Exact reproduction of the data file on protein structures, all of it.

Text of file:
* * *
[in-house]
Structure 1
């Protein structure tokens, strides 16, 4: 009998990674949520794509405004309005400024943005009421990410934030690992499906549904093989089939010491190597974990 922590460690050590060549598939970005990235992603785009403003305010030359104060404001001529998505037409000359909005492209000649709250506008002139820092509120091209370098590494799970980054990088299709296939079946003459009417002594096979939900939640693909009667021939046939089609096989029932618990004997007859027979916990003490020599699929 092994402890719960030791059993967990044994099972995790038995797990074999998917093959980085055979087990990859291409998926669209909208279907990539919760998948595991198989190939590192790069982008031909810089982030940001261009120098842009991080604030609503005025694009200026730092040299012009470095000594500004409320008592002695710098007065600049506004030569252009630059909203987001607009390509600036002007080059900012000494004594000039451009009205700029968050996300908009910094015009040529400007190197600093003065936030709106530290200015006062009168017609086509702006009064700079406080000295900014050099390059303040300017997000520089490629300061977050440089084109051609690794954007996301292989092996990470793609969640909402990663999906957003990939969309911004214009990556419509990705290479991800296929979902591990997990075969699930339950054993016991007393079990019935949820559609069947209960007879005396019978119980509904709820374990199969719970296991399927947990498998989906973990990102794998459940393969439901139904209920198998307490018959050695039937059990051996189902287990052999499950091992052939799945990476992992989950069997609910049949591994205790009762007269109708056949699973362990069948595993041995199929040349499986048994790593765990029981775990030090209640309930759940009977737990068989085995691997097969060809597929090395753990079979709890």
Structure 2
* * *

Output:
[in-house]
Structure 1
């Protein structure tokens, strides 16, 4: 009998990674949520794509405004309005400024943005009421990410934030690992499906549904093989089939010491190597974990 922590460690050590060549598939970005990235992603785009403003305010030359104060404001001529998505037409000359909005492209000649709250506008002139820092509120091209370098590494799970980054990088299709296939079946003459009417002594096979939900939640693909009667021939046939089609096989029932618990004997007859027979916990003490020599699929 092994402890719960030791059993967990044994099972995790038995797990074999998917093959980085055979087990990859291409998926669209909208279907990539919760998948595991198989190939590192790069982008031909810089982030940001261009120098842009991080604030609503005025694009200026730092040299012009470095000594500004409320008592002695710098007065600049506004030569252009630059909203987001607009390509600036002007080059900012000494004594000039451009009205700029968050996300908009910094015009040529400007190197600093003065936030709106530290200015006062009168017609086509702006009064700079406080000295900014050099390059303040300017997000520089490629300061977050440089084109051609690794954007996301292989092996990470793609969640909402990663999906957003990939969309911004214009990556419509990705290479991800296929979902591990997990075969699930339950054993016991007393079990019935949820559609069947209960007879005396019978119980509904709820374990199969719970296991399927947990498998989906973990990102794998459940393969439901139904209920198998307490018959050695039937059990051996189902287990052999499950091992052939799945990476992992989950069997609910049949591994205790009762007269109708056949699973362990069948595993041995199929040349499986048994790593765990029981775990030090209640309930759940009977737990068989085995691997097969060809597929090395753990079979709890």
Structure 2